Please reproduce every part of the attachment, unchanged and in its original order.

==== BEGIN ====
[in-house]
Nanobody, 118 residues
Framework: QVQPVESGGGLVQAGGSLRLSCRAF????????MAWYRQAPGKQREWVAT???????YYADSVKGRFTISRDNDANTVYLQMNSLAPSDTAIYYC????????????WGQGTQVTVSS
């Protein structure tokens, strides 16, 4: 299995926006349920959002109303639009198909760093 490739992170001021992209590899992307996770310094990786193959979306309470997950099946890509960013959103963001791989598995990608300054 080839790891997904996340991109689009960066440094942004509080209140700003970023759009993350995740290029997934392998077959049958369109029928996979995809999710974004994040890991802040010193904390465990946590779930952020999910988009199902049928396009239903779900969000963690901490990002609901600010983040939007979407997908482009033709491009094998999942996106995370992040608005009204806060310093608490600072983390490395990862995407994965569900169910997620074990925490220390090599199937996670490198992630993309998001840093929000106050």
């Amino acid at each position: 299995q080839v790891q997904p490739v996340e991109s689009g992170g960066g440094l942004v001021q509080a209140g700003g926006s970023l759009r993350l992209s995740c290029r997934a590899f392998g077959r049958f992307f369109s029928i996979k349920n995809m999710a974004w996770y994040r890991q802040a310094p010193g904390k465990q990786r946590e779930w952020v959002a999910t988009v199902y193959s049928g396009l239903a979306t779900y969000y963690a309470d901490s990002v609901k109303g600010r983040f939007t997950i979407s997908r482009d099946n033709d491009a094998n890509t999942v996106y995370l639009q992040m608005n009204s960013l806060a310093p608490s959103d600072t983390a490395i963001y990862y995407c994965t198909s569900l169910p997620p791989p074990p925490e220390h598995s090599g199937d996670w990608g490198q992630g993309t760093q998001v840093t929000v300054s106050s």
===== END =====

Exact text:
[in-house]
Nanobody, 118 residues
Framework: QVQPVESGGGLVQAGGSLRLSCRAF????????MAWYRQAPGKQREWVAT???????YYADSVKGRFTISRDNDANTVYLQMNSLAPSDTAIYYC????????????WGQGTQVTVSS
């Protein structure tokens, strides 16, 4: 299995926006349920959002109303639009198909760093 490739992170001021992209590899992307996770310094990786193959979306309470997950099946890509960013959103963001791989598995990608300054 080839790891997904996340991109689009960066440094942004509080209140700003970023759009993350995740290029997934392998077959049958369109029928996979995809999710974004994040890991802040010193904390465990946590779930952020999910988009199902049928396009239903779900969000963690901490990002609901600010983040939007979407997908482009033709491009094998999942996106995370992040608005009204806060310093608490600072983390490395990862995407994965569900169910997620074990925490220390090599199937996670490198992630993309998001840093929000106050």
């Amino acid at each position: 299995q080839v790891q997904p490739v996340e991109s689009g992170g960066g440094l942004v001021q509080a209140g700003g926006s970023l759009r993350l992209s995740c290029r997934a590899f392998g077959r049958f992307f369109s029928i996979k349920n995809m999710a974004w996770y994040r890991q802040a310094p010193g904390k465990q990786r946590e779930w952020v959002a999910t988009v199902y193959s049928g396009l239903a979306t779900y969000y963690a309470d901490s990002v609901k109303g600010r983040f939007t997950i979407s997908r482009d099946n033709d491009a094998n890509t999942v996106y995370l639009q992040m608005n009204s960013l806060a310093p608490s959103d600072t983390a490395i963001y990862y995407c994965t198909s569900l169910p997620p791989p074990p925490e220390h598995s090599g199937d996670w990608g490198q992630g993309t760093q998001v840093t929000v300054s106050s």